Beatles - Let It Be...Naked - 2003 UK Issue - Rock - Analog Mastered SEALED 180 Grm LP + 7" + Booklet
The Beatles - Let It Be...Naked
Label: Parlophone 7243 5 95438 0 2
Apple Records 7243 5 95438 0 2
Format: Vinyl, 180 Grm LP, Album
Heavyweight 180 grm vinyl pressing.
Vinyl, 7", Mixed
Comes with a 12" 10-page booklet.
This "...Naked" -LP was mixed and remastered from the original 1969 recorded master-tapes and comes without "Dig it" and "Maggie Mae," two titles of the 1970 "Let It Be" release but with "Don't Let Me Down" that is not on Phil Spector's reproduced remix from 1970.
this is a later 1st pressing
Later 1st pressings have the phrase "recording is" correctly printed as two words.
Printed in the EU.
Country: UK & Europe
Released: 17 Nov 2003
Style: Pop Rock
Let It Be... Naked
A1 Get Back 2:34
A2 Dig A Pony 3:38
A3 For You Blue 2:28
A4 The Long And Winding Road 3:34
A5 Two Of Us 3:21
A6 I've Got A Feeling 3:31
B1 One After 909 2:44
B2 Don't Let Me Down 3:19
B3 I Me Mine 2:21
B4 Across The Universe 3:38
B5 Let It Be 3:54
Fly On The Wall ( Vinyl, 7",)
C2 Sun King 0:17
C3 Don't Let Me Down 0:35
C5 One After 909 0:09
C7 Because I Know You Love Me So 1:32
C9 Don't Pass Me By 0:03
C10 Taking A Trip To Carolina 0:19
C11 John's Piano Piece 0:18
C13 Child Of Nature 0:24
C14 Back In The USSR 0:09
C16 Every Little Thing 0:09
C17 Don't Let Me Down 1:01
C19 All Things Must Pass 0:21
D2 She Came In Through The Bathroom Window 0:05
D4 Paul's Piano Piece 1:01
D6 Get Back 0:15
D8 Two Of Us 0:22
D9 Maggie Mae 0:22
D10 Fancy My Chances With You 0:27
D12 Can You Dig It? 0:31
D14 Get Back 0:32
Re-recorded, remixed, overdubbed and repackaged--all before its 1970 American release, mind you--Let It Be has long been the most second-guessed album in the Beatles otherwise sterling catalog. This curious, three-decade-late, stripped-down rethink offers up yet another spin on what started as a back-to-the-roots album/documentary project called Get Back in January, 1969, but ended up as the band's de facto swan song 18 months later.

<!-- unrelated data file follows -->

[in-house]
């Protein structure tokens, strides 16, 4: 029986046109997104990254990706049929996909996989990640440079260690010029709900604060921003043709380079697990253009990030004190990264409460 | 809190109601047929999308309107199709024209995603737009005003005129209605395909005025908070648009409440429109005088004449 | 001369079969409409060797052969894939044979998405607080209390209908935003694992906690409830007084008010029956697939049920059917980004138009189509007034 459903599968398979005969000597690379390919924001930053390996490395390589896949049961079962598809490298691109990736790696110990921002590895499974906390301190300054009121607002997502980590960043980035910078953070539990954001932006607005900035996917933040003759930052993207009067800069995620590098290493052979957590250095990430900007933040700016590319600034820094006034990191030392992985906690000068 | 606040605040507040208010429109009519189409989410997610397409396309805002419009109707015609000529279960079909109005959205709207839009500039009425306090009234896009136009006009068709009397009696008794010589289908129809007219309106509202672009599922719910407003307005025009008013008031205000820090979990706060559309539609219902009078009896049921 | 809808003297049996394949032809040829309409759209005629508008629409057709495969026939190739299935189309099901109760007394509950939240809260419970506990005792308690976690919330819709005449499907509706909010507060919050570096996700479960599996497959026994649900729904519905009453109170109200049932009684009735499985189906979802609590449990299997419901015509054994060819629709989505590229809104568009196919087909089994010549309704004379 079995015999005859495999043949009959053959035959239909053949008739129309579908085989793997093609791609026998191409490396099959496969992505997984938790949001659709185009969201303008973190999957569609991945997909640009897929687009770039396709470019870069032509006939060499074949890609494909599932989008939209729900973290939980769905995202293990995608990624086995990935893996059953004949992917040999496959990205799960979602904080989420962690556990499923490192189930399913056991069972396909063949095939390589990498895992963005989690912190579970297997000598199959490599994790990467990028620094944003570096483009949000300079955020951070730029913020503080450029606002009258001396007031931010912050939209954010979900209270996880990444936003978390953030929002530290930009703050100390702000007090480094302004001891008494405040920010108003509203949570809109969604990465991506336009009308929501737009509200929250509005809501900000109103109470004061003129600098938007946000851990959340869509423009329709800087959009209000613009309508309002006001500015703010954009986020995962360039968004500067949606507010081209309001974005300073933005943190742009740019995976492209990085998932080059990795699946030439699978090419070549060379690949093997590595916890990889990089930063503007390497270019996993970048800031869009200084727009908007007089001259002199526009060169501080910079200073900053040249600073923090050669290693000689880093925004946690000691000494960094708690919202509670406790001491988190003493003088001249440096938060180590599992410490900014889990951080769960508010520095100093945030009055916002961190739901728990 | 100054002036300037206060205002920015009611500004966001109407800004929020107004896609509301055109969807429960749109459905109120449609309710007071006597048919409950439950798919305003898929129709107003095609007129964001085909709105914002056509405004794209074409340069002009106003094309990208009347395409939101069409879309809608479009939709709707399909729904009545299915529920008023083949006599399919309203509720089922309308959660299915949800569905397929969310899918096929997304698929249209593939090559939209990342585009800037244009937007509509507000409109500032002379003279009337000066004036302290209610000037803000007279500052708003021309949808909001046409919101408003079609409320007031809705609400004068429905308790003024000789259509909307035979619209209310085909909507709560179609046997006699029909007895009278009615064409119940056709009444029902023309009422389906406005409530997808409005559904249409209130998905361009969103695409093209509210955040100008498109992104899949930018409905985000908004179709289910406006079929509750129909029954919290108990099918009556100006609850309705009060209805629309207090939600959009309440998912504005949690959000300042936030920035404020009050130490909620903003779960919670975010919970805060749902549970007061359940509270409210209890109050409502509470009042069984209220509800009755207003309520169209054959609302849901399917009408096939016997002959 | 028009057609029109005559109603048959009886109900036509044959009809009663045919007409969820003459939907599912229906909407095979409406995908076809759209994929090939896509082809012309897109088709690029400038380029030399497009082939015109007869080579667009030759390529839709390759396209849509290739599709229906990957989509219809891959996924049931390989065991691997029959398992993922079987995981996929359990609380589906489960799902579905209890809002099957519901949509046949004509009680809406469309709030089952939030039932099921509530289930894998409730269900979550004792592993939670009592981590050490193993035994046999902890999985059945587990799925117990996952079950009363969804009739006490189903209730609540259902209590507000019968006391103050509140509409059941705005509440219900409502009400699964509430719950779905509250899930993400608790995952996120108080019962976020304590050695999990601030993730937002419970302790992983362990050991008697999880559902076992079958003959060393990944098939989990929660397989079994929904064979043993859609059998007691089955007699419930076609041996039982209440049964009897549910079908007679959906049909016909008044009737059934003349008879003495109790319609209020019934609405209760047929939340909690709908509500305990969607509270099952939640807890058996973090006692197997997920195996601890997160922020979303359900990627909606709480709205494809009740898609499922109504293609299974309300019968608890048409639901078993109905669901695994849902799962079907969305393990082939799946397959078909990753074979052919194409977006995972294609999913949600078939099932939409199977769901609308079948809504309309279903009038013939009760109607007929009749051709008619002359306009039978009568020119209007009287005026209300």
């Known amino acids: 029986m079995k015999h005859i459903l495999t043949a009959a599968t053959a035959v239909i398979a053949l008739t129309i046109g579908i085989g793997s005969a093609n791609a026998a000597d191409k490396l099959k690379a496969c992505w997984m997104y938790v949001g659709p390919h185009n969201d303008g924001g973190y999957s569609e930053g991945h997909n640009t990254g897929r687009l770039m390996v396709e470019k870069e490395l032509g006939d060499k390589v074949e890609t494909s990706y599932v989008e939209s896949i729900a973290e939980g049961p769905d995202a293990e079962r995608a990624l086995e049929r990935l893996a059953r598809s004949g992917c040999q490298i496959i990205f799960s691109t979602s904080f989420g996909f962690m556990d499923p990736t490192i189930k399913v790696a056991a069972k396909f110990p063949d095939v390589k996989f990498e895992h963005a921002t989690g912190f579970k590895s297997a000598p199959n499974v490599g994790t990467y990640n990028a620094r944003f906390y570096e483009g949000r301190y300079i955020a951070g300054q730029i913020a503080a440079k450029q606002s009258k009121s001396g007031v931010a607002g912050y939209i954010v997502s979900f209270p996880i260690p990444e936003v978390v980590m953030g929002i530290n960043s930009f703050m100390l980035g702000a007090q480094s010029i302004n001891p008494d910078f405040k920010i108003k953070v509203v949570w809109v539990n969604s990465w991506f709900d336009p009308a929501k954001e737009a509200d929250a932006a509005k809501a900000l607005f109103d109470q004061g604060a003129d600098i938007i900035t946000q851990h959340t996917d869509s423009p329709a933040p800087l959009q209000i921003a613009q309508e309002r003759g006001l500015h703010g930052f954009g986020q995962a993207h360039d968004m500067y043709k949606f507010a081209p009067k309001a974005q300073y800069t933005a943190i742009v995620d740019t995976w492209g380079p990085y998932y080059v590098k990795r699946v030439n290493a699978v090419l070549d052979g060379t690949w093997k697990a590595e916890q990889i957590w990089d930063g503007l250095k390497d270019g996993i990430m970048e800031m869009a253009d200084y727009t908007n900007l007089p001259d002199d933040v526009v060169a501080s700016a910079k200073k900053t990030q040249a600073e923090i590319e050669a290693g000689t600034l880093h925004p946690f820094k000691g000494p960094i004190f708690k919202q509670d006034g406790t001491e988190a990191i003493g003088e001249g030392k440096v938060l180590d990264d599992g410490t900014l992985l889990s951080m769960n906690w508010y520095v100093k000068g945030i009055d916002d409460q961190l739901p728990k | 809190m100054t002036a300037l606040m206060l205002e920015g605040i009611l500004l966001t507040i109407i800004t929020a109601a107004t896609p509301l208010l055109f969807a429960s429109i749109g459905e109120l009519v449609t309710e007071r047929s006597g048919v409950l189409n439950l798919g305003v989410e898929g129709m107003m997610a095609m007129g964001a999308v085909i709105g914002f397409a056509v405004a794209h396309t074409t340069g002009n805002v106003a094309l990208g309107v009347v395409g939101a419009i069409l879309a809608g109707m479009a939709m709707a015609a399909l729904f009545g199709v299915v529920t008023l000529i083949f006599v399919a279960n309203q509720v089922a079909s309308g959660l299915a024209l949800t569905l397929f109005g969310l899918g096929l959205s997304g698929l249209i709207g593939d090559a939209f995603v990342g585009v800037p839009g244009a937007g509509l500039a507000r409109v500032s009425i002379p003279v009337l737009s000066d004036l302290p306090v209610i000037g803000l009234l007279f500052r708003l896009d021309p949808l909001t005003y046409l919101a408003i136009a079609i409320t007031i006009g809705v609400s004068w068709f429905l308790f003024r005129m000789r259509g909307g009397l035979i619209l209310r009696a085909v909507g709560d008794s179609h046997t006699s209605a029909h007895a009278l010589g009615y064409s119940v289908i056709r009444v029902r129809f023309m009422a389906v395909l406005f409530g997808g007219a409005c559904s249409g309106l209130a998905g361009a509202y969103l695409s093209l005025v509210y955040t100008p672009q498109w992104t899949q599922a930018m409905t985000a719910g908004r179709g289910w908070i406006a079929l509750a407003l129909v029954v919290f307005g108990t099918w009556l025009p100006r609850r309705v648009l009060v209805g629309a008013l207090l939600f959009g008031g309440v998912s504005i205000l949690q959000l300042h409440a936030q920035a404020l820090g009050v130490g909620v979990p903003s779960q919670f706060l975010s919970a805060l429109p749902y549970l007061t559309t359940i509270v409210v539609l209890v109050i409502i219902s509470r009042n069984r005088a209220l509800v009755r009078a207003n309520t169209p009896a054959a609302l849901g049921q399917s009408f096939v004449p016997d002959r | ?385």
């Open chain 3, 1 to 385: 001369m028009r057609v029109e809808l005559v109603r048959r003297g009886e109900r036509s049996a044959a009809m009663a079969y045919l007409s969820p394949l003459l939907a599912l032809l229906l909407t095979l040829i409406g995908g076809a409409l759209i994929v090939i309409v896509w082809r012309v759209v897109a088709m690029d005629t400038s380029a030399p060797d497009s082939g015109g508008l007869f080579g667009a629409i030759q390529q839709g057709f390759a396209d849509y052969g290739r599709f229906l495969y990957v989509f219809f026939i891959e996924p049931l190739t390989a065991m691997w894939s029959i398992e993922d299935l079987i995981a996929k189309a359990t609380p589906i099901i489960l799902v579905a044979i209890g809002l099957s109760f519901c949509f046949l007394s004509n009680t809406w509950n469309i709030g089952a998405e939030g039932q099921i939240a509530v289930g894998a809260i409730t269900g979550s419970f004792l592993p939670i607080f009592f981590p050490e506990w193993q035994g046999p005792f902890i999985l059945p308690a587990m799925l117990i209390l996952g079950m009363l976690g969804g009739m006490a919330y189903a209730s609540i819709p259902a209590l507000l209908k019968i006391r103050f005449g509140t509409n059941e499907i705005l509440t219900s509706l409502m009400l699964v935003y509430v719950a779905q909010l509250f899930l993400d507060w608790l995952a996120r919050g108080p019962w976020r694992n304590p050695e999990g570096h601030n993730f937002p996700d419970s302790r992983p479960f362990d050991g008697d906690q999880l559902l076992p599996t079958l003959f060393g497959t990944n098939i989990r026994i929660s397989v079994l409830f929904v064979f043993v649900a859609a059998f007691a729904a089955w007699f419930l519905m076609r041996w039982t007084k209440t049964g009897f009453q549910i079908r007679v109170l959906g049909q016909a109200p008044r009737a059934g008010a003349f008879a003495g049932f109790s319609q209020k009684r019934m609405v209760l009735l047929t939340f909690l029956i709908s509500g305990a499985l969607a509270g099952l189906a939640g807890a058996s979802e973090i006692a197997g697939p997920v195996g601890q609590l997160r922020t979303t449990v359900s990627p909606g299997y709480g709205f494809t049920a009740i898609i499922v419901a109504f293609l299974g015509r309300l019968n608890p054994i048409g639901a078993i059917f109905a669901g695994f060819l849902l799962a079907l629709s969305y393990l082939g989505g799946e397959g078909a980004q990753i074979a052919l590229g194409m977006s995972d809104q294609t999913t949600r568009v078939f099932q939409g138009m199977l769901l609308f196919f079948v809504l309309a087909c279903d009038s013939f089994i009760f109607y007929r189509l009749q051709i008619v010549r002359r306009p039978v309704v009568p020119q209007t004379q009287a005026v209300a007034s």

Paul McCartney in particular has long been irked by producer Phil Spector's grandiose orchestra and choir overdubs to the title track and "The Long and Winding Road," and indeed the "bare" versions here have a distinct, plaintive charm lacking in Spector's typical pomp. All the various snippets of studio and live chatter that seasoned the original have been removed, leaving the recordings to be judged on their essentially live-in-the-studio merits.
The electric piano in "Dig A Pony" is more prominent here; otherwise, there is not much difference between this account and Spector's.
"For You Blue" reveals little difference as well.
"The Long And Winding Road" is a different take from Spector's, and, as another reviewer astutely points out, we get lots of rehearsal-like "plinky dink" playing, unworthy of a finished Beatles song. It is typical for musicians to play with this type of uncertainty when the arrangement is still in the building stage, and here the uncertain piano fills don't carry the song's emotion between Paul's vocal lines.
"Two Of Us" reveals no significant variation except that it fades out before the guitars stop and before John's whistling goes charmingly out of tune, present on the Spector version.
We are given a different rendition of "I've Got A Feeling." It is not quite as hot, matching neither the emotion in the vocals nor the intensity and drive of the performance Spector chose for his album. I also like Preston's piano line better on the Spector track.
Top honors go to NAKED for the better mix of "One After 909." The song really comes alive here. One very consequential difference is that Ringo's bass drum has punch on NAKED; on the Spector it's pure mud. The added punch gives the song an infectious--even delirious--drive that it never had before. Unfortunately, the fade at the end is quick so as not to catch the live atmosphere.
This take of "Don't Let Me Down" is rehearsal quality all the way; it pales in every respect compared with the glorious single version released in 1969.
On Spector's "I Me Mine," the strings are heard where, on this new mix, the organ pops through more noticeably.
And here, "Across The Universe" is back to its original speed. Though the Spector treatment sounds neither preferable nor wrong (John certainly liked it), this NAKED one sounds, well, naked. I still prefer the original version found on PAST MASTERS VOLUME TWO. That one sounds closer to the John of early 1968 who made bizarre requests of George Martin, wanting a song "to sound like an orange" and such.
Let It Be Naked Trailer
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The Beatles - Let It Be
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The Beatles - Get Back (Apple promo Video-Let it Be Naked)
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The Beatles - DON'T LET ME DOWN
LET IT BE NAKED
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THE BEATLES - I ME MINE
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|Format||LP, 7", 12LP, 180 Gram|